CAR-T cells against cancer
Chimeric antigen receptor (CAR) therapies use CAR-T cells, a patient's own immune cells that are programmed to recognize and kill cancer cells throughout the body. Beginning in 2017 with the approvals of tisagenlecleucel (Kymriah™) and axicabtagene ciloleucel (Yescarta™), CAR-T cell therapies have changed the treatment paradigm for patients with certain haematologic malignancies. Since those initial approvals, three other CAR-T cell therapies have been approved for various haematologic malignancies: brexucabtagene autoleucel (Tecartus™), lisocabtagene maraleucel (Breyanzi®), and most recently, idecabtagene vicleucel (Abecma®).
Despite the remarkable clinical responses seen in patients with haematological malignancies, many challenges limit the therapeutic efficacy of current CAR-T cell therapies and their use in solid tumours.
In contrast to haematological malignancies, solid tumour CAR-T cell therapy is limited by the ability of the cells to traffic to and infiltrate the tumours. Solid tumours often have a physical barrier (such as the tu mor stroma) that limits the penetration of the CAR-T cells. In addition, the microenvironment surrounding solid tumours is often immunosuppressive.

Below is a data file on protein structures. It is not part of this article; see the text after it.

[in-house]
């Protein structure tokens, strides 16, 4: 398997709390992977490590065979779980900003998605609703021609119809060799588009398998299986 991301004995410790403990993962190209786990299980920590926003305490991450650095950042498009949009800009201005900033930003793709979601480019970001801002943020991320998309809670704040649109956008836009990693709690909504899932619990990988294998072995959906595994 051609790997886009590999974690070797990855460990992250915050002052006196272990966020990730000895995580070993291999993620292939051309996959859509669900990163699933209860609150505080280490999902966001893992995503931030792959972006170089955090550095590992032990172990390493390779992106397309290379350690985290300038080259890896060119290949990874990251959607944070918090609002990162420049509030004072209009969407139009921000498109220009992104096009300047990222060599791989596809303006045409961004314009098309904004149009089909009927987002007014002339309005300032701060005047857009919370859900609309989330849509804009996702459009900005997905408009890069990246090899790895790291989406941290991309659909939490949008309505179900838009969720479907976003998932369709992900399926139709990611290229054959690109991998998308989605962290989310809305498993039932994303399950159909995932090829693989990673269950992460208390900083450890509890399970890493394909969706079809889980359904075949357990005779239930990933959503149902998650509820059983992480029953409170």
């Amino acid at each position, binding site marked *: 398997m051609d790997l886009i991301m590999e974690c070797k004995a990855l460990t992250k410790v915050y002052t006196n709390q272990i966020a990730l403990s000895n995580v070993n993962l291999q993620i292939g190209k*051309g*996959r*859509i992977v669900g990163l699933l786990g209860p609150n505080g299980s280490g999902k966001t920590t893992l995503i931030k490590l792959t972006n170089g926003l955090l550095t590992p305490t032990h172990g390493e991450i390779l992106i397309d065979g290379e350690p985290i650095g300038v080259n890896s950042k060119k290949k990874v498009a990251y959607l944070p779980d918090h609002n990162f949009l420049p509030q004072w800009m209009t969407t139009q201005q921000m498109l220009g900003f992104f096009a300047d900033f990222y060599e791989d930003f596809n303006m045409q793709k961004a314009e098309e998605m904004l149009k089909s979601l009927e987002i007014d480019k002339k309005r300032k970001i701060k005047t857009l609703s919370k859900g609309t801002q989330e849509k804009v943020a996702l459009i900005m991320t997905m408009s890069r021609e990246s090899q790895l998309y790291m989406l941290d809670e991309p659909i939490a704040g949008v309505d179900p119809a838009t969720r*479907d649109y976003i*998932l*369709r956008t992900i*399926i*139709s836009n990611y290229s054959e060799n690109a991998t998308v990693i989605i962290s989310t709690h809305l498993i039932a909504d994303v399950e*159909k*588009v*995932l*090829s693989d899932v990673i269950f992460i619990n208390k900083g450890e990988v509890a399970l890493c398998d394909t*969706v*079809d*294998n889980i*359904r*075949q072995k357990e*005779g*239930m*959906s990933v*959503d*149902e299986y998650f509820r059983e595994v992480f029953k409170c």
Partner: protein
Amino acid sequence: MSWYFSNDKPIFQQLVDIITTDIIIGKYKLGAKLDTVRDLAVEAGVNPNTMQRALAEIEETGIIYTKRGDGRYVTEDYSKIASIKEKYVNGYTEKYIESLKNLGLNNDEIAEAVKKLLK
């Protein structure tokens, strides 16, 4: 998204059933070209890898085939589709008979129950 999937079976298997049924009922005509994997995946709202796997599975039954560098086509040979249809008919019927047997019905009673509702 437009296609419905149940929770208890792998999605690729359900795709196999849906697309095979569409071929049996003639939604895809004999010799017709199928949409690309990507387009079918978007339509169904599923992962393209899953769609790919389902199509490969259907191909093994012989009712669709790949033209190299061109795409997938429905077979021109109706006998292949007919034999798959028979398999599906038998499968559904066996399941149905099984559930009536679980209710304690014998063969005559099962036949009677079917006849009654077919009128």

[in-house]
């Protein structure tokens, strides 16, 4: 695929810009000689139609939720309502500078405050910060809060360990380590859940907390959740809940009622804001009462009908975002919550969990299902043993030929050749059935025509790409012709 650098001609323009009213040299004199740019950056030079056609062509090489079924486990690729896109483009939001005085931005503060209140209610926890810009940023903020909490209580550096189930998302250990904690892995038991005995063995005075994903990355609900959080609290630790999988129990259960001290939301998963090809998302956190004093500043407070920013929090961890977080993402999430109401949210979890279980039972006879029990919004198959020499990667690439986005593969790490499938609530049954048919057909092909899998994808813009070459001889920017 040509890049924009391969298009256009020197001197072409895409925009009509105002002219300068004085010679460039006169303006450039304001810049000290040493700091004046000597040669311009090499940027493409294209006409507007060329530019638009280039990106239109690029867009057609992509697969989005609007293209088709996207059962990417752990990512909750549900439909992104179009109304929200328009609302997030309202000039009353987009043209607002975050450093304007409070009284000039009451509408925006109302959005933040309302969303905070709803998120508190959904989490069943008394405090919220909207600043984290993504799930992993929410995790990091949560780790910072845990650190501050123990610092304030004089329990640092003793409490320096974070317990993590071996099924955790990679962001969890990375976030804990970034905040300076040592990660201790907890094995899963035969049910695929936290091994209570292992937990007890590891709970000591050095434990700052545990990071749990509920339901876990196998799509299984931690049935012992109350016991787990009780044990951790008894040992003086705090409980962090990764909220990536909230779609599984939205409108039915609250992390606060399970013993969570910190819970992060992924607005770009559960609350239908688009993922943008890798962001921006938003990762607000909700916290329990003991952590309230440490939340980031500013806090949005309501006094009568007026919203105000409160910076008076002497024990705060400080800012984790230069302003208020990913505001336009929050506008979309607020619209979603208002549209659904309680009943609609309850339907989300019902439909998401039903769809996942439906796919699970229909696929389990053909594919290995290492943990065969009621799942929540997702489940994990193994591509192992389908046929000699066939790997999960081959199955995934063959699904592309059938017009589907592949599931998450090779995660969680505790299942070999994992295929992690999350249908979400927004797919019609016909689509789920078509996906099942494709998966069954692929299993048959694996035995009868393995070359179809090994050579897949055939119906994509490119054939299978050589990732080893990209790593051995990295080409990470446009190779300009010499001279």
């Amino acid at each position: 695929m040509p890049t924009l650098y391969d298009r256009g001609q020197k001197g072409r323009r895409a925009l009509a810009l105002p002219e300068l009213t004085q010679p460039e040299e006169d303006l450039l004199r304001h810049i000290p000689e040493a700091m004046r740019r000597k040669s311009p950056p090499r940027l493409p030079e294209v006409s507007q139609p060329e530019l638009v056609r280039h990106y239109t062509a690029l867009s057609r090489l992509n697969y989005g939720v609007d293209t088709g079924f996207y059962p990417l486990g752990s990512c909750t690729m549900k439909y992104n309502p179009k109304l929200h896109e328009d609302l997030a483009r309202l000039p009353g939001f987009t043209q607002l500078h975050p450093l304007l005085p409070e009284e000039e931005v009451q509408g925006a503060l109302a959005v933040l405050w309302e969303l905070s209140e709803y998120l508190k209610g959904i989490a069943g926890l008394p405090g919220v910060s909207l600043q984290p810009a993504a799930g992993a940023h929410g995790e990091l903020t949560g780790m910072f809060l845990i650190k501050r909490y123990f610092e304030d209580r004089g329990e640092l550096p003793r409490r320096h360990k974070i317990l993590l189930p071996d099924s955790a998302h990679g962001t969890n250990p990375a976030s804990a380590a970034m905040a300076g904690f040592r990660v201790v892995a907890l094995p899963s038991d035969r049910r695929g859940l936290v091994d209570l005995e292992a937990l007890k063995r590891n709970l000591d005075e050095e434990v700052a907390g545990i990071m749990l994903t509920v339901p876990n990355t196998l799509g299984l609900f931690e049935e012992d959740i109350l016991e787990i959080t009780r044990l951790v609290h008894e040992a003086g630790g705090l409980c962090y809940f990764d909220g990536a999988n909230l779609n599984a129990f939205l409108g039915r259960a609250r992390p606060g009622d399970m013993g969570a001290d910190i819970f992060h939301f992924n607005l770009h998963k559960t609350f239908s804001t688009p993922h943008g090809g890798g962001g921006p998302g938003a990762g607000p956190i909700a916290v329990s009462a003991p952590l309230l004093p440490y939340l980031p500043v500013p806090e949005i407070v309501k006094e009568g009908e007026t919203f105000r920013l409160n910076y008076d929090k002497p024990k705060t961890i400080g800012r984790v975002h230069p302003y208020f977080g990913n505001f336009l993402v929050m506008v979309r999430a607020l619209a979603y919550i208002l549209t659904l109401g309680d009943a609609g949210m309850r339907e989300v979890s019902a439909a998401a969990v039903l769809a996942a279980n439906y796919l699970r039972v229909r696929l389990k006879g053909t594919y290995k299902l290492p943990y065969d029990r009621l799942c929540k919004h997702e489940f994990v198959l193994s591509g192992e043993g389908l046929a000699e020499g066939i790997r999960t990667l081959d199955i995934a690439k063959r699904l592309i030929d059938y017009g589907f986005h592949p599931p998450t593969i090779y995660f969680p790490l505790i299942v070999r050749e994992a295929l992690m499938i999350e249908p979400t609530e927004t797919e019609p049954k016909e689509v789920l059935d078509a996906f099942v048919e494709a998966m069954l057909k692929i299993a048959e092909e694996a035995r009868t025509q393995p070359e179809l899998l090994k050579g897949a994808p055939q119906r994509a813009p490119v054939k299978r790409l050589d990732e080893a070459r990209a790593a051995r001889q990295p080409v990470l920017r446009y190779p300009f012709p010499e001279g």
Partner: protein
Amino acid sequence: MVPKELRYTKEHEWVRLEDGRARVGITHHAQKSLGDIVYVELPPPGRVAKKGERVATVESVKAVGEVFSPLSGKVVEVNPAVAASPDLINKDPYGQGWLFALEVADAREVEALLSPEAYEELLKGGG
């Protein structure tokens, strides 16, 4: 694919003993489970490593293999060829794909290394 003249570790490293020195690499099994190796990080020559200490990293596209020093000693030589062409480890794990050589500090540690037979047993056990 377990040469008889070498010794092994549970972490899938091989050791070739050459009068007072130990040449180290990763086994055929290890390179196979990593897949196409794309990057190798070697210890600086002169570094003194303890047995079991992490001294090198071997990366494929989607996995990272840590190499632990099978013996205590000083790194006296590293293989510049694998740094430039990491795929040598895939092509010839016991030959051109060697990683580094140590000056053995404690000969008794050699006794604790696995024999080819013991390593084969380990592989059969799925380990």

One current strategy to overcome these challenges involves direct tumour administration (rather than systemic delivery), an approach that limits the need for the CAR-T cells to move to and infiltrate the tumours. Additionally, the direct administration route can help to reduce on-target, off-tumour toxicities by limiting interaction with normal tissues. Other strategies being explored focus on improving CAR-T cell trafficking using receptors on CAR-T cells that match tumour chemokines and engineering CAR-T cells that can express heparinase, an enzyme that can degrade the physical tumour stroma barrier, thereby increasing tumour infiltration and antitumour activity.
Clinical development of CAR-T cell therapies has accelerated significantly over the past decade, with 229 open or planned trials in the U.S. alone and over 950 trials globally as of June 2021.
With ongoing research, we hope to see faster, more cost-effective manufacturing and cell expansion using off-the-shelf products with improved safety profiles, making CAR-T cell therapy more accessible and affordable to the patients who need it.
This article was originally published in European Biotechnology Magazine Winter Edition 2021.